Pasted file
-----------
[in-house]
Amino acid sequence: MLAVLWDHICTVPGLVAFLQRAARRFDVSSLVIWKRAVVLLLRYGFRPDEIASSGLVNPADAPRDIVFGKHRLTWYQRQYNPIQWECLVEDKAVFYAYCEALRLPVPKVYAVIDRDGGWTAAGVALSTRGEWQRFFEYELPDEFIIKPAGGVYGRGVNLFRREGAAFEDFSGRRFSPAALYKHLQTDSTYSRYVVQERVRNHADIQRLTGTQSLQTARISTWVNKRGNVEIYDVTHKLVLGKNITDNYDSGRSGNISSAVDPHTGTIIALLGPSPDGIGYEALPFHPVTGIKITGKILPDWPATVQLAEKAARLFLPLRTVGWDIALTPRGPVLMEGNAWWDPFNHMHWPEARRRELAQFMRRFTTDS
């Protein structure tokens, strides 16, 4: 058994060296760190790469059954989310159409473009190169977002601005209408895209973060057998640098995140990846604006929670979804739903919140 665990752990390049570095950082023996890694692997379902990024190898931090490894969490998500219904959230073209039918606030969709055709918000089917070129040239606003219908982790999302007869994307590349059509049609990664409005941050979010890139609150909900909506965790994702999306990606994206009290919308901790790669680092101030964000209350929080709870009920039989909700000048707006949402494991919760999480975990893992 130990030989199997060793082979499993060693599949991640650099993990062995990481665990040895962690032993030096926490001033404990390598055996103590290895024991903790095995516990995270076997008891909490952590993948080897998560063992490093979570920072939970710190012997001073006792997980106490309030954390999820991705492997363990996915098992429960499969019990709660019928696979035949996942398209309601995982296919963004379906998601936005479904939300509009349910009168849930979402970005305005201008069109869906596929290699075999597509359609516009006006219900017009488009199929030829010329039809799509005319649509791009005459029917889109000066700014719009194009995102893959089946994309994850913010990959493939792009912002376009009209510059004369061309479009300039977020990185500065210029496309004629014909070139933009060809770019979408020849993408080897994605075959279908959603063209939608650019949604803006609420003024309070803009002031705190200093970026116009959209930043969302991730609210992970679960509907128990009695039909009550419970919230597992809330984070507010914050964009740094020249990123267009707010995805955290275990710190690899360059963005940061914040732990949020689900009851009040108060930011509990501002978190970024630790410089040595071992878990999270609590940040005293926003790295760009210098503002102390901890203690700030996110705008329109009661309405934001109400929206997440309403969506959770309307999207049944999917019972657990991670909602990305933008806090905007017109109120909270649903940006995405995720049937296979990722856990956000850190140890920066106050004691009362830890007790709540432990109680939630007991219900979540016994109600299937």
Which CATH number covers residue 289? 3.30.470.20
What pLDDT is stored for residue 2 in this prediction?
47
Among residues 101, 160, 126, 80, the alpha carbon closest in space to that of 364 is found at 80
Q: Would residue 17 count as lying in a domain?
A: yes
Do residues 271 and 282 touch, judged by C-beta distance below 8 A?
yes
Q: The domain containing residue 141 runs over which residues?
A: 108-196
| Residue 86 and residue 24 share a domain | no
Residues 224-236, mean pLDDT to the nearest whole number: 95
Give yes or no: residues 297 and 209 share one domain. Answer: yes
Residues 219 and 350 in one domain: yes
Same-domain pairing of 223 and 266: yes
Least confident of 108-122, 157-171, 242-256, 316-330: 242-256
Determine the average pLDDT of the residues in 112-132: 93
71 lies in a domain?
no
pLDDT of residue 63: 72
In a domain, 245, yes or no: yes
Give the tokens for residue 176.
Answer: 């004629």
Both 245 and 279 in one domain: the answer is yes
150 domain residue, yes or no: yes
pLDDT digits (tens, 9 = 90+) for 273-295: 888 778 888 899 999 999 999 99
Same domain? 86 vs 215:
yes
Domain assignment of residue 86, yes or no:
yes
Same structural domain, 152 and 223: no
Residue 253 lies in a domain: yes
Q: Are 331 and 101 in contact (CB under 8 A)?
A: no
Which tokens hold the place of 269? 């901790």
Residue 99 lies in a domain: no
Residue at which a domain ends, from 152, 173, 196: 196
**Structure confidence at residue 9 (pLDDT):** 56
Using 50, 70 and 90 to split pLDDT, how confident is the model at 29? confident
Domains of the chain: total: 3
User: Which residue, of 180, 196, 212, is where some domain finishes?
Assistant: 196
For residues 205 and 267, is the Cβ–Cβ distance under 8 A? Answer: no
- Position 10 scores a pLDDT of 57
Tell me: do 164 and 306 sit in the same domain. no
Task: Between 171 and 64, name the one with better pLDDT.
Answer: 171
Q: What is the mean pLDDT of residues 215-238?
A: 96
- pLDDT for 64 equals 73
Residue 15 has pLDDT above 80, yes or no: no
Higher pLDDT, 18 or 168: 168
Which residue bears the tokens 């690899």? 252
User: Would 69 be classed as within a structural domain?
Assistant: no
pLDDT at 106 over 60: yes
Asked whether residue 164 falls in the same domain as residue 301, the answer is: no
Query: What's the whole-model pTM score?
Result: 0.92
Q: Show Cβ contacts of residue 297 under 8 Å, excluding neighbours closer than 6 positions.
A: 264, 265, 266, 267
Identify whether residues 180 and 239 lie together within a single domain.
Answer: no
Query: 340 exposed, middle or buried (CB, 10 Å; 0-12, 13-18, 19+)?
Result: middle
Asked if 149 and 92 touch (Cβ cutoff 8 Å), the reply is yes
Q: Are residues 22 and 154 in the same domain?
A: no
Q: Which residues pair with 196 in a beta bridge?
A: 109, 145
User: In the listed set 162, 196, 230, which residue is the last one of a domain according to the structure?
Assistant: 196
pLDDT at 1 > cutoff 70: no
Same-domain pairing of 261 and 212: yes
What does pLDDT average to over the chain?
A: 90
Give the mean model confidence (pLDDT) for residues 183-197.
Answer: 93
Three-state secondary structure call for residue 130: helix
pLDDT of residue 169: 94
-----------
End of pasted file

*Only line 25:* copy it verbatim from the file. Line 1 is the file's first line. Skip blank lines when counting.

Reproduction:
Give the tokens for residue 176.